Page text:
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Potent neurotoxin found in flatworm

Neurotoxin tetrodotoxin found in terrestrial environment for first time


The neurotoxin tetrodotoxin (TTX) has been found for the first time in two species living out of water, according to a study published June 25 in the open access journal PLOS ONE by Amber Stokes from California State University, Bakersfield, California and colleagues.

Tetrodotoxin is a potent paralysis-inducing neurotoxin found in a multitude of aquatic organisms, but until now has not been found in terrestrial invertebrates. TTX is thought to originate from marine bacteria and accumulate in certain organisms through ingestion--pufferfish for example--but the origins and ecological functions of TTX in most taxa remain mysterious. The authors of this study found that two invasive species of terrestrial flatworm exhibit behaviors indicating possible use of a toxin like TTX to subdue large earthworm prey. The researchers analyzed TTX levels in two species of terrestrial flatworm and investigated its distribution throughout their bodies.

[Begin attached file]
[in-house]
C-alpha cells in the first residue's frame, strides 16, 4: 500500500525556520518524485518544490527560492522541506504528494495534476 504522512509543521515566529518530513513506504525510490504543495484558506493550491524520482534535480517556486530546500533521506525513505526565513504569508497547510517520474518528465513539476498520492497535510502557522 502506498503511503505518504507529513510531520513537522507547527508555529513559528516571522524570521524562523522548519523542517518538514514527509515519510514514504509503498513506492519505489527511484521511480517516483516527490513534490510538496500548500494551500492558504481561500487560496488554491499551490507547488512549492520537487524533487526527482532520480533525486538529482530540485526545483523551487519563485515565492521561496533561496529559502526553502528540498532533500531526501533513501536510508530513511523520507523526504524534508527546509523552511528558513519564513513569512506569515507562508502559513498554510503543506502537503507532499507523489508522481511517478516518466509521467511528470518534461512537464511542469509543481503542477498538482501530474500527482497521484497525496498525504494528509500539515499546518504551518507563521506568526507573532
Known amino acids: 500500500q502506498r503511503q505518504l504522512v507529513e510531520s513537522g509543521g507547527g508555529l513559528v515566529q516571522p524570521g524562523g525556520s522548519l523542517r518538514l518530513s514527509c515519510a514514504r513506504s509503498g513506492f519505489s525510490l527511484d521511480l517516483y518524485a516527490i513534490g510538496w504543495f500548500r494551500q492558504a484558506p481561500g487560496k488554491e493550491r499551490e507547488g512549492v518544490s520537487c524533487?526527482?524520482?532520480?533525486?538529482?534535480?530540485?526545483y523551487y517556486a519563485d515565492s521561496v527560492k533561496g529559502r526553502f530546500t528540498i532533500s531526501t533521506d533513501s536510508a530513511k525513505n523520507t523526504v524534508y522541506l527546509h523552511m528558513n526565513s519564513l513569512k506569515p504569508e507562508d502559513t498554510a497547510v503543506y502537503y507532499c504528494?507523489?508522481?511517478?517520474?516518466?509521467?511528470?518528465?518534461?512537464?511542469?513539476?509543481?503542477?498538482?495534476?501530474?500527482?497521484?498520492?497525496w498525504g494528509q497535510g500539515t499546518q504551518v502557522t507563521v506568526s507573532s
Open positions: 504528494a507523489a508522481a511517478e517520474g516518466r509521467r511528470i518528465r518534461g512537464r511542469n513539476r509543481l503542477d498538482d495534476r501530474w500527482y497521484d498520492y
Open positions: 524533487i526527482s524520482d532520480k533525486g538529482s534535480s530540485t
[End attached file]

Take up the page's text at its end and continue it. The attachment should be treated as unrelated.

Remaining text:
Using analytical characterization techniques, the authors confirmed TTX's presence in the flatworms and use of TTX during predation to subdue large prey. Additionally, they found TTX in the egg capsules of one of the flatworms, which may indicate a possible further role in defense.

According to the authors, these data suggest for the first time a potential route for TTX bioaccumulation in terrestrial systems.

Amber Stokes added, "This study is important as it is the first to show tetrodotoxin in a terrestrial invertebrate, which will allow further study of the production or accumulation of tetrodotoxin in terrestrial systems."


In your coverage please use this URL to provide access to the freely available paper:

Citation: Stokes AN, Ducey PK, Neuman-Lee L, Hanifin CT, French SS, et al. (2014) Confirmation and Distribution of Tetrodotoxin for the First Time in Terrestrial

Invertebrates: Two Terrestrial Flatworm Species (Bipalium adventitium and Bipalium kewense). PLoS ONE 9(6): e100718. doi:10.1371/journal.pone.0100718

Funding: Utah State University, SUNY Cortland, NSF: DEB-0922251 to ME Pfrender, ED Brodie, Jr, and ED Brodie III. The funders had no role in study design, data collection and analysis, decision to publish, or preparation of the manuscript.

Competing Interest: The authors have declared that no competing interests exist.

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